Many long-term students of Taiji enjoy improvements in their metabolic and kinesthetic efficiency. They burn fewer calories, and expend less effort, to accomplish the same amount of work, whether that “work” consists of repeating the Taiji forms or any other activity.
When food is scarce and plain, this efficiency is an obvious benefit. For most people living in developed countries today, however, food is abundant and tasty. To a person who has become addicted to eating—as the majority of Americans are, studies show—this hard-earned fruition of Taiji is actually a problem: it makes you fat. (Technically, eating the food makes you fat, but let us ignore that detail, as everyone does.)
Dedicating oneself to longer and more strenuous practice might seem like an intelligent solution. Unfortunately, this is likely to accelerate the efficiency gains, exacerbating the problem in the long run. If we choose to define physical fitness as effort and exertion, then Taiji is a lousy fitness routine.
A comfortable and plausible short-term solution: redefine success as failure, and vice-versa. Prioritize effort expended, rather than work accomplished. Sure, your new Taiji may be less functional, but at least you’ll look good doing it!
The more responsible, but less appealing solution is to start eating within your means: to consume calories in accordance with physical needs, rather than insatiable desires. In the meantime, returning to one’s target weight requires a disciplined starvation diet, in conjunction with regular exercise.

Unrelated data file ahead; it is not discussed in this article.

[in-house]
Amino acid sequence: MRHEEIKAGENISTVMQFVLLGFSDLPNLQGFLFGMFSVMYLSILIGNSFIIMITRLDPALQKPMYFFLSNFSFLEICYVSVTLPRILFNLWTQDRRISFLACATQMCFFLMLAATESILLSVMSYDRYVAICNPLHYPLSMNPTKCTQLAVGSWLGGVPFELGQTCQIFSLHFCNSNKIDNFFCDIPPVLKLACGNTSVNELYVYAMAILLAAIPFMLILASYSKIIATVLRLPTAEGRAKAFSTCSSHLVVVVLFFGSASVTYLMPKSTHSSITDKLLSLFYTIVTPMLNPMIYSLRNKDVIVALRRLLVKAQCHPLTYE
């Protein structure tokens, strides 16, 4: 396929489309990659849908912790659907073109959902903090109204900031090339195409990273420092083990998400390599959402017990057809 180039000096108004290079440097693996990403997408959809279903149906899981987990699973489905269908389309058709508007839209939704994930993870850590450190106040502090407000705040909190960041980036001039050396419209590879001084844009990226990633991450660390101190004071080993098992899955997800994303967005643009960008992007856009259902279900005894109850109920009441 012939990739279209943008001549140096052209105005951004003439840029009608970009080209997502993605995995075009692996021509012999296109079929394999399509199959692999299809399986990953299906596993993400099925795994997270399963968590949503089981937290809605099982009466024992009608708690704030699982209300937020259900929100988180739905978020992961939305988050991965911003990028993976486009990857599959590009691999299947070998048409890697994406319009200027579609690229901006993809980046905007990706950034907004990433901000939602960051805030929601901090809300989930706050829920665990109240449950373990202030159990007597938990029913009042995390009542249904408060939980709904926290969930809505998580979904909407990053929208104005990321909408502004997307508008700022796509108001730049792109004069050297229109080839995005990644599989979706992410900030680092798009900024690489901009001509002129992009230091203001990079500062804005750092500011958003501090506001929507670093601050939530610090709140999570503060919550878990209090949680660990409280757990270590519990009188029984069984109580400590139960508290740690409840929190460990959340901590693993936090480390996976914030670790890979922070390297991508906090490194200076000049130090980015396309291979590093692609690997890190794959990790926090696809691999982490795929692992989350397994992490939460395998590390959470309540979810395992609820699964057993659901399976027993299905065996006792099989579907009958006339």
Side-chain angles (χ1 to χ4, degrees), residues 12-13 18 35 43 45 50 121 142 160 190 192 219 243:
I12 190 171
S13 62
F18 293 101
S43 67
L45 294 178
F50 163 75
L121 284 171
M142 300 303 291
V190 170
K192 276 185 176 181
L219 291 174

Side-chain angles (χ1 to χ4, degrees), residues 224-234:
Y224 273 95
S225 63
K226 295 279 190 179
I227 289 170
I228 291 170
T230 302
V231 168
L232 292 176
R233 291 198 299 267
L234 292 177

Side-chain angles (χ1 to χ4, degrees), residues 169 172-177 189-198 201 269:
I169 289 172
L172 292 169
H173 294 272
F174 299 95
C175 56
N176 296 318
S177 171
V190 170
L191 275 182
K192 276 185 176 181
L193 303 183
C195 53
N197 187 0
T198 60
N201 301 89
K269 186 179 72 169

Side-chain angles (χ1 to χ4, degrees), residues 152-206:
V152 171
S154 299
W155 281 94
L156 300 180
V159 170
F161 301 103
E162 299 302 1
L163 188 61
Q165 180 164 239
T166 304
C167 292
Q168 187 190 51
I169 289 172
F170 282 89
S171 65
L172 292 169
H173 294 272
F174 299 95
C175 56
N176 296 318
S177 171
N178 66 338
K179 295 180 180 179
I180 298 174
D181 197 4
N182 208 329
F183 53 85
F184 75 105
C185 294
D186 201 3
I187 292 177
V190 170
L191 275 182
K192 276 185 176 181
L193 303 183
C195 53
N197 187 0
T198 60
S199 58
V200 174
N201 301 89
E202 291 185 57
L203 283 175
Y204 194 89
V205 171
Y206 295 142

Can we view this scenario as a metaphor for the United States economy? Creditors gorged at the sub-prime mortgage trough, ingesting a fair bit of melamine in the process. Irresponsible lending by them caused the problem, and additional lending to them is proposed as the solution. As the basis for this loan, we are asked to ignore the actual market value of the collateral, and assign a “fair value” based on our troubled bankers’ desires.
Having located a proverbial “bigger fool” to make this loan, we can restore liquidity and trust to the marketplace, by sustaining our otherwise unsustainable real-estate prices. Meanwhile, inflation erodes the savings of those Americans who chose, responsibly, to live within their means, and keeps them out of the homes they could otherwise afford.
Now, I must admit a fundamental ignorance of macroeconomics and international finance…but doesn’t this sound like redefining failure as success?